A: The General Trade (GT) retailers will still be there, but the way they are served and who calls the shots within the sector may change rapidly.
The GT proved to be very resilient during the last quarter century, when it had to compete with the Modern Trade (MT) across emerging markets. That said, the sector is suffering from real inertia, and becoming progressively less effective every year. There is a desperate need for the GT to lift service levels, reduce costs and generate useful data. At this stage, there is no indication that the manufacturers can make this happen.
MT ate a large slice of the GTs cake. The Digital Channel may bite off another slice…or it may completely transform the GT, so that it’s working for new masters.
The big questions are: Who will drive GT transformation? Who will benefit from it?
A: For the manufacturers the GT has been the single most important bulwark to protect their profit margins, yet they appear to have been unable to do anything about insulating or protecting the sector.
First we thought the issue was a lack of visibility, and the solution was to enhance integration between manufacturer and distributor through technologies. This helped, but wasn’t impactful enough. We then realised that innovation was being strangled by the very structure and organization of these networks. This has resulted in underperforming networks across the whole South East Asian region.
The diagram below represents how most Consumer Goods (CPG) companies operate:
Covid-19’s ‘New Normal’ will put immense pressure on the current model and things will start to break down. The innovation, determination and deep pockets of the digital players, will progressively give them far greater insight into consumer needs and market demand. That is their road to domination.
Manufacturers still hold the economies-of-scale advantage as digital players still have to overcome the enormous cost challenge of providing a high value service for relatively low value products. Gradually, as the digital channel grows, the manufacturers’ sole remaining advantages will diminish.
So the manufacturers clearly need to change their approach, otherwise they’ll lose influence over the distributors, their connection to the retailers and consumers will be undermined, and they will cede control over the GT to the digital players.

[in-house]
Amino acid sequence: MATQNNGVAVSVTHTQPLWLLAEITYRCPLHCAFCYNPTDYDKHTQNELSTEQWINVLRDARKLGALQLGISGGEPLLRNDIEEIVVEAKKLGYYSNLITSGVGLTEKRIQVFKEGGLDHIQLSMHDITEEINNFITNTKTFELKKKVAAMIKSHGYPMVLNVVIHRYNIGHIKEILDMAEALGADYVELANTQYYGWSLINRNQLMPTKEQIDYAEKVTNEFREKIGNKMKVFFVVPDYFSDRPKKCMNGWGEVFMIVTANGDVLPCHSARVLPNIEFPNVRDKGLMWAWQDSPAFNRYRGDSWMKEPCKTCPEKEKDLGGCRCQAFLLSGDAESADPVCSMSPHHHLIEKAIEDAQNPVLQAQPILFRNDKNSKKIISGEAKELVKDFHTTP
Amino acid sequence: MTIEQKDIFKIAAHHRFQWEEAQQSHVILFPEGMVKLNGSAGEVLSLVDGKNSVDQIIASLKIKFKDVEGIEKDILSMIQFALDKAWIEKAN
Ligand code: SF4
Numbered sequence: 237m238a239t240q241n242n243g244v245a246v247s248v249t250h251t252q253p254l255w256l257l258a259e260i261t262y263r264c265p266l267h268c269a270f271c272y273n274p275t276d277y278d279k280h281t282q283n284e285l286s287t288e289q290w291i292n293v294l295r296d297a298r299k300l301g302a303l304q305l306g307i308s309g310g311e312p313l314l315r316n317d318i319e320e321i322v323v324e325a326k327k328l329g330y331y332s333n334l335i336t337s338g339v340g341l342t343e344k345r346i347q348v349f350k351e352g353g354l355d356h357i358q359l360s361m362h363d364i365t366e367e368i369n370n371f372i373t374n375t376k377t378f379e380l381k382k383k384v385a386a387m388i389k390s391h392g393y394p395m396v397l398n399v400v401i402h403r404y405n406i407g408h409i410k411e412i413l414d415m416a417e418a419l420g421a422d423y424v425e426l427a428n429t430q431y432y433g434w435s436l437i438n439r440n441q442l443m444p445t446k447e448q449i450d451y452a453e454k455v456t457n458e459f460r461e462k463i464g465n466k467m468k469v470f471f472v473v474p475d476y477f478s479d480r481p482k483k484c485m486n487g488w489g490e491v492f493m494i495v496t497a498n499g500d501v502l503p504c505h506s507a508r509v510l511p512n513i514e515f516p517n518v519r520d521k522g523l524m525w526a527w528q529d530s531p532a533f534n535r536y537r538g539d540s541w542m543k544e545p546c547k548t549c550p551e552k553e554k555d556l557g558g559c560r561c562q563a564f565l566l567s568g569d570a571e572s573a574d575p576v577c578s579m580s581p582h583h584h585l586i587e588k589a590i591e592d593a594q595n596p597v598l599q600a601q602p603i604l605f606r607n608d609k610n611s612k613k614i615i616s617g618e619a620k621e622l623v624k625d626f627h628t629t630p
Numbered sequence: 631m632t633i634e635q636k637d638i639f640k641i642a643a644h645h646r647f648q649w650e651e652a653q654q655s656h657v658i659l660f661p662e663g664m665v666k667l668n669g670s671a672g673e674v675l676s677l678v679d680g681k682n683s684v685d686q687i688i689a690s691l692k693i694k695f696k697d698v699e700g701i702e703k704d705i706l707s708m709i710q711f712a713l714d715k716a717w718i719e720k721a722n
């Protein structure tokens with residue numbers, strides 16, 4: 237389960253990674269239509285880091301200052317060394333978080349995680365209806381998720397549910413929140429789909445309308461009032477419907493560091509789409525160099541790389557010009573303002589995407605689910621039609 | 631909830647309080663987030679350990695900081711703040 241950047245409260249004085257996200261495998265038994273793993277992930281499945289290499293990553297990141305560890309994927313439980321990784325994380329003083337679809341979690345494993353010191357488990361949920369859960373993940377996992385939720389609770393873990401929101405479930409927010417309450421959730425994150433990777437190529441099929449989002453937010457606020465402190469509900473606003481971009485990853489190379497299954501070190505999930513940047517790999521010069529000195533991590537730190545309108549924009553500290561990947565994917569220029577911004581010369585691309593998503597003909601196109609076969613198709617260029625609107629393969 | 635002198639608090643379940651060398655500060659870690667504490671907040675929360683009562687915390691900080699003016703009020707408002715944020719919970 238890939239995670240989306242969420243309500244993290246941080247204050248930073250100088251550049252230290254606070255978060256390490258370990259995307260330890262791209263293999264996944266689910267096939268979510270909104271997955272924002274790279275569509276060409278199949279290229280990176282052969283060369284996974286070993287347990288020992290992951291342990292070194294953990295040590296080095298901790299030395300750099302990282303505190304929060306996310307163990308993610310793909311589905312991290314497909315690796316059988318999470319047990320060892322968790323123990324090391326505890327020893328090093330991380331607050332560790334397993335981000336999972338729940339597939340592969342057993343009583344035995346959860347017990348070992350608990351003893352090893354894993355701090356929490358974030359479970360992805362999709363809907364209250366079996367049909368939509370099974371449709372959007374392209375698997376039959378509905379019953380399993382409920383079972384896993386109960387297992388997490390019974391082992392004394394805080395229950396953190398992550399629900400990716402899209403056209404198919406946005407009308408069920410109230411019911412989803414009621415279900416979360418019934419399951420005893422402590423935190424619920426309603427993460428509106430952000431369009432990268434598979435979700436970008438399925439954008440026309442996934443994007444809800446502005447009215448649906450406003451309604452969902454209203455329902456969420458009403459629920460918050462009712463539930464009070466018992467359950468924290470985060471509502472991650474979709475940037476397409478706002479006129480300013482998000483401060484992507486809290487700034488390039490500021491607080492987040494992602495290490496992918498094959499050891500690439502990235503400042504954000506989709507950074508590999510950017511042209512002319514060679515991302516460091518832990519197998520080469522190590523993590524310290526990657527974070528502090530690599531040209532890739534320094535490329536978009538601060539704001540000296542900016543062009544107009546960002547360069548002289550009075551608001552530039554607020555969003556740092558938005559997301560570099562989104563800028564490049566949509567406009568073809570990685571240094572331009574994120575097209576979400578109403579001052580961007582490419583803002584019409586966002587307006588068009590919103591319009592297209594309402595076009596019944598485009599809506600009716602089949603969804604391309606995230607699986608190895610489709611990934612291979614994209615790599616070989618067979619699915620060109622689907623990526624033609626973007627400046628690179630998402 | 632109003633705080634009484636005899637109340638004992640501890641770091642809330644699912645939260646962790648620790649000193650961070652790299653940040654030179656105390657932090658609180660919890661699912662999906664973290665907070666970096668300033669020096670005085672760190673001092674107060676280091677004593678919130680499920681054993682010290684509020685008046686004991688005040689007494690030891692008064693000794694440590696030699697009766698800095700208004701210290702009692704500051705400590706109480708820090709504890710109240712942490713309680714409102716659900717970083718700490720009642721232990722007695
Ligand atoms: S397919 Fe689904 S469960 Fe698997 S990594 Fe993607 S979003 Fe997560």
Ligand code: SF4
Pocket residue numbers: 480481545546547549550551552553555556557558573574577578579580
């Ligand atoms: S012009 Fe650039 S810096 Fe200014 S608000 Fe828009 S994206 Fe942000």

A: Yes, there is a very clear path to streamlining the General Trade.
We call it the Distribution Network Acceleration (DNA) model in which manufacturers use their position to
enrol network stakeholders into evolving structures, operating practices and disciplines that will benefit all parties.
DNA offers manufacturers 10 distinct benefits:
Right now, there is still a window of opportunity to make this happen. This window will rapidly close.
If manufacturers can break their (internal) inertia and change their approach to the GT, they still hold the advantage in scale, long-term relationships and existing network structures. These can be used as a foundation for a revitalised GT while at the same time opening an opportunity to establish mastery over the digital channel.
4 years ago, we developed the DNA model, and it clearly demonstrated a better way to serve the GT. The logic and practicality were solid and accepted by the dozens of manufacturers we shared it with, but it was ahead of its time. Complacency and inertia still ruled, so we put it in the bottom drawer.
This was DNA’s basic headline message at that time:
We now see that, for manufacturers, DNA will address both the GT and the Digital Channel threat and that the marketplace changes are now so dramatic and serve as the call to action and rethink.
To quote Victor Hugo:
“Nothing is as powerful as an idea whose time has come”
A: Absolutely not, but it is definitely do-able. Unless manufacturers want to give control of the GT sector to the digital guys while also abandoning aspirations to control the Digital Channel, I honestly don’t see an alternative.